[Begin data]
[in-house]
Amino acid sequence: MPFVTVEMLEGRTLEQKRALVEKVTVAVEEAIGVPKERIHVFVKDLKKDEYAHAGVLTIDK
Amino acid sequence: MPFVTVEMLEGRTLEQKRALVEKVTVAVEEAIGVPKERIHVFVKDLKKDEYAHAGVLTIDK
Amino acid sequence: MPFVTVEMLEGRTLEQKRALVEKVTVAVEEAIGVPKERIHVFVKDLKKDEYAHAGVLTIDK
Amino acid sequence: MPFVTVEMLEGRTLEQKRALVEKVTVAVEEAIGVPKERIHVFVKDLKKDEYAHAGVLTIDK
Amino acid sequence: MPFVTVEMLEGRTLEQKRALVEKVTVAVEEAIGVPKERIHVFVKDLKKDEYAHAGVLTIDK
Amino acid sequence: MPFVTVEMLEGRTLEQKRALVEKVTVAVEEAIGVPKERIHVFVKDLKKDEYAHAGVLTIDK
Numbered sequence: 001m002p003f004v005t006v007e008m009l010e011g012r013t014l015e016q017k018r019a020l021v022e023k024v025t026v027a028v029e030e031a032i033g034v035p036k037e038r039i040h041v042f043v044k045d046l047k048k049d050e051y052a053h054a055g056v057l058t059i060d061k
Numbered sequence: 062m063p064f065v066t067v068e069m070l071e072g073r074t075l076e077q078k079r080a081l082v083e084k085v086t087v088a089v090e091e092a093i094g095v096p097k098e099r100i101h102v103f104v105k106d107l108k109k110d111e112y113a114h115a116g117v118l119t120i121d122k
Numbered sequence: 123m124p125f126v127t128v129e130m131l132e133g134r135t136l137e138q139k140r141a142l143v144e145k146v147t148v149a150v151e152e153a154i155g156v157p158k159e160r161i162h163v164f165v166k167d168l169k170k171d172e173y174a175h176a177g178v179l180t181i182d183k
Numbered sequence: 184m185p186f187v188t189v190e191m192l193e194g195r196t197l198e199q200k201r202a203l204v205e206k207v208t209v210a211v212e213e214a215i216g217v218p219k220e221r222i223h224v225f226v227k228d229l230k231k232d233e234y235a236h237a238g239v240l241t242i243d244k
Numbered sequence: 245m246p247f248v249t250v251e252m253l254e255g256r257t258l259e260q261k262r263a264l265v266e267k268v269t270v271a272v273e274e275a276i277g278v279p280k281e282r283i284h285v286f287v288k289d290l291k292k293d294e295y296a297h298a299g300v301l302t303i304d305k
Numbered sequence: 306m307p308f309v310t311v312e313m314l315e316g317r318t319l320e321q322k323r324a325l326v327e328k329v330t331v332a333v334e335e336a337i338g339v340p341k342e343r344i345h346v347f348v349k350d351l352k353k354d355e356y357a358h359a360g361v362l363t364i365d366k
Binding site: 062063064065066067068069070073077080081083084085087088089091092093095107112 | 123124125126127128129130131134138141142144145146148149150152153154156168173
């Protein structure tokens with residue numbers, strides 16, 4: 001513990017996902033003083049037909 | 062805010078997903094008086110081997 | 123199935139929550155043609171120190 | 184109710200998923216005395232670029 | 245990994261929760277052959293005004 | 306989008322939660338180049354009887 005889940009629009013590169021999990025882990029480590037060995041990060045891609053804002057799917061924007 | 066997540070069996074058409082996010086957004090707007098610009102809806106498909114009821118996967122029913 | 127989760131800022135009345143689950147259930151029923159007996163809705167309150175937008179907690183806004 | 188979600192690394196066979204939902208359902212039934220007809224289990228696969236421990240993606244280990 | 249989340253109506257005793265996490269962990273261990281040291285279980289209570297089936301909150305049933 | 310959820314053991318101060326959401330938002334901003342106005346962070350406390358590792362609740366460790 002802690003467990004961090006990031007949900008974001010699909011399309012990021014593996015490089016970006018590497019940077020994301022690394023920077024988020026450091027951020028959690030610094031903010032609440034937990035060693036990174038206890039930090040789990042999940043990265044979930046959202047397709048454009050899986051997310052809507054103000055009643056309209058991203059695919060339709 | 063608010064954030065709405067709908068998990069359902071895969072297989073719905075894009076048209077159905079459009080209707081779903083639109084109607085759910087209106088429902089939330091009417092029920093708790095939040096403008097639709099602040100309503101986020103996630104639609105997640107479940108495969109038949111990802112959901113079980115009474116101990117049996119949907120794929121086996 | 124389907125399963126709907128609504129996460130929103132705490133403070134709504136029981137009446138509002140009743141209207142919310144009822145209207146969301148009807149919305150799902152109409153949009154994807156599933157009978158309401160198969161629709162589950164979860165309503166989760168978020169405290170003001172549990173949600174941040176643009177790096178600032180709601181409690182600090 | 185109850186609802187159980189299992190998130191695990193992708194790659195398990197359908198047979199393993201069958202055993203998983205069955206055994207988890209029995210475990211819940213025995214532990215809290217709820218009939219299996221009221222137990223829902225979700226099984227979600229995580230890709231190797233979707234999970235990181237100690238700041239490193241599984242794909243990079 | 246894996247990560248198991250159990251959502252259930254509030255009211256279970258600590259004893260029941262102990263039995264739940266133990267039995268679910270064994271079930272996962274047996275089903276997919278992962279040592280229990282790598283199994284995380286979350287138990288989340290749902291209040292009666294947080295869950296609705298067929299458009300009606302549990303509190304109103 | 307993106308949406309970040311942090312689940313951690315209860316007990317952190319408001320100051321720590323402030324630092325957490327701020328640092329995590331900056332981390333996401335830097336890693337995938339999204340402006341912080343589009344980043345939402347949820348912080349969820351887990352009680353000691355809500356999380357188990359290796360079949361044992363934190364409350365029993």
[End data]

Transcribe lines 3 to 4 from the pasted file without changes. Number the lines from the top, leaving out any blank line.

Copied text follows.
Amino acid sequence: MPFVTVEMLEGRTLEQKRALVEKVTVAVEEAIGVPKERIHVFVKDLKKDEYAHAGVLTIDK
Amino acid sequence: MPFVTVEMLEGRTLEQKRALVEKVTVAVEEAIGVPKERIHVFVKDLKKDEYAHAGVLTIDK